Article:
Hail, Caesar! (2016)
Directed by Joel and Ethan Coen
In “Hail, Caesar!” writer-directors Joel and Ethan Coen give us just enough of their cast of stars to tease us into wanting more. A ten-minute scene with Ralph Fiennes is the funniest I’ve seen all year. A musical number with Channing Tatum has the audience pleading for more screentime from the smooth-dancing “Magic Mike” star. Coen Brothers favorite Frances McDormand (“Fargo”) is in a hilarious three-minute bit. Even the excessive screentime given to Josh Brolin, in the lead role, has us hoping for a few more minutes. But these great performances don’t turn “Hail, Caesar!” into an articulate story. It’s a jumbled mess—entertaining, but incoherent.
Hollywood fixer Eddie Mannix (Brolin) is called upon to keep unpredictable Hollywood stars like Baird Whitlock (George Clooney) in check. So when Whitlock is kidnapped for ransom by a strange group of old white men known as “The Future,” Mannix spends the day trying to get him back, which dealing with other problems—like a starlet (Scarlett Johansson) pregnant without a husband or a young actor of popular Westerns (Alden Ehrenreich) tapped to lead an artsy theatrical drama.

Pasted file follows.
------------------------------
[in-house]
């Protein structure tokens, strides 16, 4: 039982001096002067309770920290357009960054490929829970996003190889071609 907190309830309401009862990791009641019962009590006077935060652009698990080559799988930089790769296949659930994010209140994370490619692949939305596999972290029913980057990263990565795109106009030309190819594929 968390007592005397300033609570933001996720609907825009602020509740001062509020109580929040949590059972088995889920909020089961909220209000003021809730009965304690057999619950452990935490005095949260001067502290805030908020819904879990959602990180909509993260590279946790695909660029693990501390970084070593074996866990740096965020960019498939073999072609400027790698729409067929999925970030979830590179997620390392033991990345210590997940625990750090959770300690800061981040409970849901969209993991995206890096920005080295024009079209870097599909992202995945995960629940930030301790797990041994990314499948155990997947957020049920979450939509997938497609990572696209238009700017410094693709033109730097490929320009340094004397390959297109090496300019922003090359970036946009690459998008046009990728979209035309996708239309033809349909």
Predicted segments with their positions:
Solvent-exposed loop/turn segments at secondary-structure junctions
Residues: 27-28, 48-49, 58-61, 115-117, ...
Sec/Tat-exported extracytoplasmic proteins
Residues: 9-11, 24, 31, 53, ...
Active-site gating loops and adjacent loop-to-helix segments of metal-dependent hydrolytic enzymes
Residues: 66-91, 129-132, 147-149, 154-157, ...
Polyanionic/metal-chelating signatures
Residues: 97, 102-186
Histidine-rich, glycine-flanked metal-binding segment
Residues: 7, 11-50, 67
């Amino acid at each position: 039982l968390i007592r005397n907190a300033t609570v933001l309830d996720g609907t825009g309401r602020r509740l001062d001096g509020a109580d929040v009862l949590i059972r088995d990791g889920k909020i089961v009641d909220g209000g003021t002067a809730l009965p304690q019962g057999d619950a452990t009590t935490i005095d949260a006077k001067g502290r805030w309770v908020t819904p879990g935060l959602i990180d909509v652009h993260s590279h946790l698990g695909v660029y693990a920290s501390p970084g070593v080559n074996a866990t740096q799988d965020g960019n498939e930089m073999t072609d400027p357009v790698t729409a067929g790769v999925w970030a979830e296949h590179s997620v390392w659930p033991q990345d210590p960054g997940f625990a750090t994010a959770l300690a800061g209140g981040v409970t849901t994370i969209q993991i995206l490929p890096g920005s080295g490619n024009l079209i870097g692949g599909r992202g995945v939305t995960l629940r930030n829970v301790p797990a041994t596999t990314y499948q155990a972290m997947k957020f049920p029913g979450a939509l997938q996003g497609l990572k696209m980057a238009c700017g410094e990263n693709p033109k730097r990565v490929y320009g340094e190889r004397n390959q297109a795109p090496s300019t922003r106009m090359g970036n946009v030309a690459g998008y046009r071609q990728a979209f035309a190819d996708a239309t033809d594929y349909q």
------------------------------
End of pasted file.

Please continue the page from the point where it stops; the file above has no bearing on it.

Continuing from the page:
As young actor Hobie Doyle, young actor Alden Ehrenreich is a breakout sensation. His hilarious deadpan delivery filled the theater with laughter. Josh Brolin has read a Coen script before (in 2010’s “True Grit”), but here he’s a natural. Jonah Hill is wasted in a small role, but his “21 Jump Street” partner Channing Tatum is utilized perfectly. As twin sister gossip columnists, Tilda Swinton is doubly good fun. But Ralph Fiennes, as esteemed director Laurence Laurentz, is the film’s brightest bright spot. And the Coens’ sharp, witty script fills “Hail, Caesar!” with jokes that stick most of the time. Its quickness and humor felt like a welcome blend of Sorkin and Tarantino. But the story is undeveloped and raw. It felt forced or strung together. Despite a great cast of characters, Joel and Ethan Coen couldn’t give them a story worth playing out.